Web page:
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IT Industry Gets a D+ for Green Policy, Labor Practices

<p>With the exception of Ricoh, Intel and Motorola Mobility, the IT industry earns dismal grades when it comes to sustainability and social practices, averaging a D+, new research says.<br /> &nbsp;</p>

With the exception of Ricoh, Intel and Motorola Mobility, the IT industry earns dismal grades when it comes to sustainability and social practices, averaging about a D+, Oekom Research AG says in a new report.

Office equipment maker Ricoh of Japan and chip producer Intel in the U.S. each earned a B+, the highest grade, and cell phone manufacturer Motorola Mobility earned a B, in Oekom's analysis.

Oekom, a ratings firm that specializes in sustainable investment, looked at 205 companies in its review. Here's a chart showing the range of grades earned:

Oekom's summary of its analysis didn't disclose the grades earned by other firms, but it did provide a snapshot of certain findings. For example, the review considered whether firms incorporate used equipment and recycled material into new products and rated the companies on a scale of 0 to 100, with 100 being the best score.

Ricoh again rose to the top of the list, along with Konica Minolta and NEC, each scoring 100. Hewlett-Packard received a score of 50; Apple 0. Here is a chart showing a sampling of the scores:

Oekom also examined working conditions in the supply chain for the IT industry as more manufacturers are outsourcing production to meet the challenges of increasing competition, burgeoning demand for consumer electronics, and pressure to drive down costs.

That shift has created much-needed jobs in emerging markets, but it has also led to violations of international labor rights, according to Oekom. The alleged violations include breaches of laws that are intended to proscribe child labor, discrimination and unacceptable working conditions.

A paper on labor conditions in a number of industries, which Oekom published as a companion piece to the IT industry analysis, found:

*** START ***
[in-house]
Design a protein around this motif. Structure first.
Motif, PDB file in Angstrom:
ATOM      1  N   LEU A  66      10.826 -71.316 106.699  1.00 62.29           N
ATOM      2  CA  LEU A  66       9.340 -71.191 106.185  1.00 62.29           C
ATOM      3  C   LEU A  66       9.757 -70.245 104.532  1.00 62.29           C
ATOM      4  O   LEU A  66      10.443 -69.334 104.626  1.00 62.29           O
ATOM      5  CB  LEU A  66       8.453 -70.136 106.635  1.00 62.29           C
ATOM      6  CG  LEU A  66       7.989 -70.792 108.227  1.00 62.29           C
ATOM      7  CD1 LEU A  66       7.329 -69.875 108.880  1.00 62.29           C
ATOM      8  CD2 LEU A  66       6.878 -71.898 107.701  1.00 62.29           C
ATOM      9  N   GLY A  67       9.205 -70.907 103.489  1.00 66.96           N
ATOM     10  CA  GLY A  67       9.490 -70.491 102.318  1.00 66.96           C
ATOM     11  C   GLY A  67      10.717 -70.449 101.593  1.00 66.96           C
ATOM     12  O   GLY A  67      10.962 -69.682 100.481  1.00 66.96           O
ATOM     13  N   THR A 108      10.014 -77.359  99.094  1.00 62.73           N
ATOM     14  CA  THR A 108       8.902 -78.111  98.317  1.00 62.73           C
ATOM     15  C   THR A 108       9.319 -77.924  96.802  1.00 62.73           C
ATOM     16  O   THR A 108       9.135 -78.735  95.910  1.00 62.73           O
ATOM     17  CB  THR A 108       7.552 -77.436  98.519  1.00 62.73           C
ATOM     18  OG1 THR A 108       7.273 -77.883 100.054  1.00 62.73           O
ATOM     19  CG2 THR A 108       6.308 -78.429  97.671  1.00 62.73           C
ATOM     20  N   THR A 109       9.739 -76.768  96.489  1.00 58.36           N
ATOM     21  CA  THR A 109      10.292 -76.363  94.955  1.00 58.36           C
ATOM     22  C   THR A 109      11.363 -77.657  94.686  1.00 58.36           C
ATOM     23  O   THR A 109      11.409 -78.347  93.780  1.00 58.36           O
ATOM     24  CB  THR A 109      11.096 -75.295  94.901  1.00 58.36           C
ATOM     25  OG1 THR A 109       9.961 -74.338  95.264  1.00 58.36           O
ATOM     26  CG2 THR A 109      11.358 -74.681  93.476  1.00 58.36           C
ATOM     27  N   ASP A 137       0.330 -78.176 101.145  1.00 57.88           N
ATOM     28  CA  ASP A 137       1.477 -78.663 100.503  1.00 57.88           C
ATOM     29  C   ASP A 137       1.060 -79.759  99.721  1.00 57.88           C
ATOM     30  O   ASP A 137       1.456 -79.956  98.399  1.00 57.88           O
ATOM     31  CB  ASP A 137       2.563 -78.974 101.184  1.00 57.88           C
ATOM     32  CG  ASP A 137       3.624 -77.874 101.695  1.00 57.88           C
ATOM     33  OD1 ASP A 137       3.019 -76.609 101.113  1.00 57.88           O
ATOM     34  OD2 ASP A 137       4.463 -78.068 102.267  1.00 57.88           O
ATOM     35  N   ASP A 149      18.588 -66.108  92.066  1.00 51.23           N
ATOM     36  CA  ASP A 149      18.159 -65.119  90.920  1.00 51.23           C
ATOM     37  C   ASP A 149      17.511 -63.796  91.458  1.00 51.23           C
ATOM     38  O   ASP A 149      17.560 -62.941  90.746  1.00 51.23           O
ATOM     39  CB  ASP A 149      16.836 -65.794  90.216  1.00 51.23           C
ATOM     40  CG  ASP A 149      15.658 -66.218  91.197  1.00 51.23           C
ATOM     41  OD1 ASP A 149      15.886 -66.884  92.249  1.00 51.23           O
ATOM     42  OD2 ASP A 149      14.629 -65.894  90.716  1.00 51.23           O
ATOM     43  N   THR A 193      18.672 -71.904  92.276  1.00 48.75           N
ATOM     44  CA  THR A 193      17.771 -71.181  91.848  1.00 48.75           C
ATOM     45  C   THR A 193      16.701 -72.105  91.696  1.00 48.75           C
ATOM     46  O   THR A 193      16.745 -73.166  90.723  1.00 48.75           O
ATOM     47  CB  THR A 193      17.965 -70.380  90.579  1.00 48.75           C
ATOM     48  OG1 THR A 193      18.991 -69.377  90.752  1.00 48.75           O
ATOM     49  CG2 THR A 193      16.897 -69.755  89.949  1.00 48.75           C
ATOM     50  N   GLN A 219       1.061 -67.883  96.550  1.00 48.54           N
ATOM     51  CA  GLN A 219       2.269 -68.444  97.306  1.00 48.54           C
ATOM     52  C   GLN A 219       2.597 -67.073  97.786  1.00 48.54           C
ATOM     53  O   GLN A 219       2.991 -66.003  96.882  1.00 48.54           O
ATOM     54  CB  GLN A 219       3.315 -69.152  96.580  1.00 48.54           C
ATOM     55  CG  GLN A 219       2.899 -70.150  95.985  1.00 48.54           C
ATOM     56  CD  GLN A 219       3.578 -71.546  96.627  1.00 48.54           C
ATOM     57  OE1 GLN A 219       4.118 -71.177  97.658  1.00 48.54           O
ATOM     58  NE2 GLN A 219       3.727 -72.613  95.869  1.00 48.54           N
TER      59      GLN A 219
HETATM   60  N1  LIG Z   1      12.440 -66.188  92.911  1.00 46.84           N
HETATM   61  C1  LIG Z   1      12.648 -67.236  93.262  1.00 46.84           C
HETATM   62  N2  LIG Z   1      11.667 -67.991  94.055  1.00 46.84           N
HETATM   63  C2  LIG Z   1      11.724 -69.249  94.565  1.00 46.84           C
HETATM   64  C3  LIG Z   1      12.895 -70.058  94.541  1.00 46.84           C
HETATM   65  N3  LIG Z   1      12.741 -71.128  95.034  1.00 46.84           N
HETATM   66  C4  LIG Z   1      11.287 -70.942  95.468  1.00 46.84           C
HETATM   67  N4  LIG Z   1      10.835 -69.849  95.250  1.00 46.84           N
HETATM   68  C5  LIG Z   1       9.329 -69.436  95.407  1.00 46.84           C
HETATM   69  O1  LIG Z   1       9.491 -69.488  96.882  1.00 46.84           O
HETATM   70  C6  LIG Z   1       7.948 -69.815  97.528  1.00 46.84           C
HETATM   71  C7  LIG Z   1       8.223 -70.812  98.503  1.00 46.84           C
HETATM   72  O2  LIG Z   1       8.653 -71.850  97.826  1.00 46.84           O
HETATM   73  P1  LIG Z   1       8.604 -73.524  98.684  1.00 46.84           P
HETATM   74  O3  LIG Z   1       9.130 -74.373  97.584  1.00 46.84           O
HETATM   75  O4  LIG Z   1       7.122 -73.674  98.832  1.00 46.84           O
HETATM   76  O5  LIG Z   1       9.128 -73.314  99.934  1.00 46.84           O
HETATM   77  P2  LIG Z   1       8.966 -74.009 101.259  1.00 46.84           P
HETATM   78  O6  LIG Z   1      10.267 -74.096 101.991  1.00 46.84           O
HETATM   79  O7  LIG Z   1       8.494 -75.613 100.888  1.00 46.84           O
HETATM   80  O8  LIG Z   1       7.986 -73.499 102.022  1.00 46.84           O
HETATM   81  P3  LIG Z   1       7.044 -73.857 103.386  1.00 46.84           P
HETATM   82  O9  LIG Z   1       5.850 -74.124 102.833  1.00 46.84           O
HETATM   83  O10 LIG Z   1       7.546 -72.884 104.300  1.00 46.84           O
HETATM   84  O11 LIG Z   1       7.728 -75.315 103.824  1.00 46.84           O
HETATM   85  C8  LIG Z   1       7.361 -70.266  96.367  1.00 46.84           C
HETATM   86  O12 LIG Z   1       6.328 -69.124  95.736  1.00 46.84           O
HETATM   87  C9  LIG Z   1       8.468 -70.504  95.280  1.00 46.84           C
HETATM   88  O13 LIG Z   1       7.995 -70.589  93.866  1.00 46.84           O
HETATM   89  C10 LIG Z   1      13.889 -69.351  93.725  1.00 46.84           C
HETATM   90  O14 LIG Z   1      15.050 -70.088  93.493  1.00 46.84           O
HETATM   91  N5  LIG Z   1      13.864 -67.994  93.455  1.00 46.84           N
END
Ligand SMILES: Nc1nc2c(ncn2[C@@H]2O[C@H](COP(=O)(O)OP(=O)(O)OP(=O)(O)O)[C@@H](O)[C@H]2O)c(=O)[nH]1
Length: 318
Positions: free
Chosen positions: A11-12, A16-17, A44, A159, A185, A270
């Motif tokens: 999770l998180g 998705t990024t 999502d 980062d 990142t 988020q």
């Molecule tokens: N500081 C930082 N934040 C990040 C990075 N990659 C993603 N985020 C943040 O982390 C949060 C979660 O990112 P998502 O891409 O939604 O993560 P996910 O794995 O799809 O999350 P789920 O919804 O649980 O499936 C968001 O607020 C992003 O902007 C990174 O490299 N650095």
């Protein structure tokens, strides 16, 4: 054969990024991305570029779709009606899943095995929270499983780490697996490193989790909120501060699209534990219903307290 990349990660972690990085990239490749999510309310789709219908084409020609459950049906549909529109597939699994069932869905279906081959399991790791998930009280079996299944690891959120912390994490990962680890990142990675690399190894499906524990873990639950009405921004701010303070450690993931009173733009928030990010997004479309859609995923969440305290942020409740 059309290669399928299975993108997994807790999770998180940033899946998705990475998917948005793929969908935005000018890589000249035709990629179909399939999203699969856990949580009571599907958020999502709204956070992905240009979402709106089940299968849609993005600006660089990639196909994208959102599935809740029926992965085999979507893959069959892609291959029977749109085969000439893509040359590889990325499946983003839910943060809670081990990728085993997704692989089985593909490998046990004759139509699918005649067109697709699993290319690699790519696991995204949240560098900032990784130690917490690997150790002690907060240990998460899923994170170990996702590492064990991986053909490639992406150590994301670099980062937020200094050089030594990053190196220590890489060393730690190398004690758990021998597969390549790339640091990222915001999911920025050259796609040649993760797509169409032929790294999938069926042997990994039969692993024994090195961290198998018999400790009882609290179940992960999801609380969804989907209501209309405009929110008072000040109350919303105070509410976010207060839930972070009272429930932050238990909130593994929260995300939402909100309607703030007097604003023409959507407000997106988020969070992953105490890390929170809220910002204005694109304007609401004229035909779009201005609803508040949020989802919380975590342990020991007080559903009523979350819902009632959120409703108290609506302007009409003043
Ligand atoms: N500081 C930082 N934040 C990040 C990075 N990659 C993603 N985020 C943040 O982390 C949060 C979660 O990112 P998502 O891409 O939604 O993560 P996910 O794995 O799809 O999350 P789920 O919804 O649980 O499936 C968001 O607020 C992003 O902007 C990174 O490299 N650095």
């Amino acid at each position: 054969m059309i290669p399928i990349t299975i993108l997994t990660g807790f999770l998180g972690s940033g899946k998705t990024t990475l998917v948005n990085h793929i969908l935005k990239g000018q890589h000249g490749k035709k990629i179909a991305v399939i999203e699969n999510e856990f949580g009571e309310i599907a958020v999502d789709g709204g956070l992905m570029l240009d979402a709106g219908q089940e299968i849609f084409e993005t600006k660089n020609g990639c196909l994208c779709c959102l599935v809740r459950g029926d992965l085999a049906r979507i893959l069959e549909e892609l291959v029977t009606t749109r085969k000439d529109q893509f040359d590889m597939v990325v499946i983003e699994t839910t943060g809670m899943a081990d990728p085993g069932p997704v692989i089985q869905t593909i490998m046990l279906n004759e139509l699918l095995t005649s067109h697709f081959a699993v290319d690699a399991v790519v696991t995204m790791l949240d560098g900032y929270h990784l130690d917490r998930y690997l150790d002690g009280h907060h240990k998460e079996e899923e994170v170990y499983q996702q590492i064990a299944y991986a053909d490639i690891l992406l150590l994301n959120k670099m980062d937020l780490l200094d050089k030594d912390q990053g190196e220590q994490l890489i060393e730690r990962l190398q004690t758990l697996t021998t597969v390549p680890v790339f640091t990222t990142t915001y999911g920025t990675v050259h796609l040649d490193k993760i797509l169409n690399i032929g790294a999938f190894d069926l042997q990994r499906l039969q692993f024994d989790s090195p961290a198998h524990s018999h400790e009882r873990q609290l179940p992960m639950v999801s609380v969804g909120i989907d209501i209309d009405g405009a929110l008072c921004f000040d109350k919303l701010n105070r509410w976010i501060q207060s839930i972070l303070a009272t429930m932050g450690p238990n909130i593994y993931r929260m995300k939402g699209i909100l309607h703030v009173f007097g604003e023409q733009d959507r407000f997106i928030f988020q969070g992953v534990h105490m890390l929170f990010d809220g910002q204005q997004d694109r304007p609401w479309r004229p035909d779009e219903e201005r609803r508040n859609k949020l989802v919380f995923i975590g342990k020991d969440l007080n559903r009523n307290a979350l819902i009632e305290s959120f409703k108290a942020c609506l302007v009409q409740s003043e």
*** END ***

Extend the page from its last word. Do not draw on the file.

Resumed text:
The manufacturers of mobile phones and computers rank among the worst of the sectors which violate internationally recognized labor rights. Over 42 percent of the companies in each of these sectors which have been rated by Oekom Research have committed this kind of violation.

In contrast, the paper noted, the labor-intensive and often criticized textile industry had a lower incident rate of violations. Here is a chart showing labor violations by industry sector:

Scrutiny of industry practices has promoted several companies to increase efforts to be better corporate citizens. Measures being taken include monitoring of suppliers and manufacturing sites and conducting on-site audits, Oekom said.

Most of the companies reviewed by Oekom have tried to reduce the amount of hazardous substances -- such as toxic flame retardants, PVC and plasticizers -- used in their goods. Some of firms have exceeded requirements in Europe and China, according to Oekom.

However, Oekom analyst Philipp Rühle observed in a statement:

"It will not be possible to resolve overnight the difficulties the large brand manufacturers face in ensuring compliance with their social minimum requirements in the supply chain. It will therefore be some time before interested consumers are able to purchase genuine sustainable IT products."

Photo of electronics store via Charts courtesy of Oekom.


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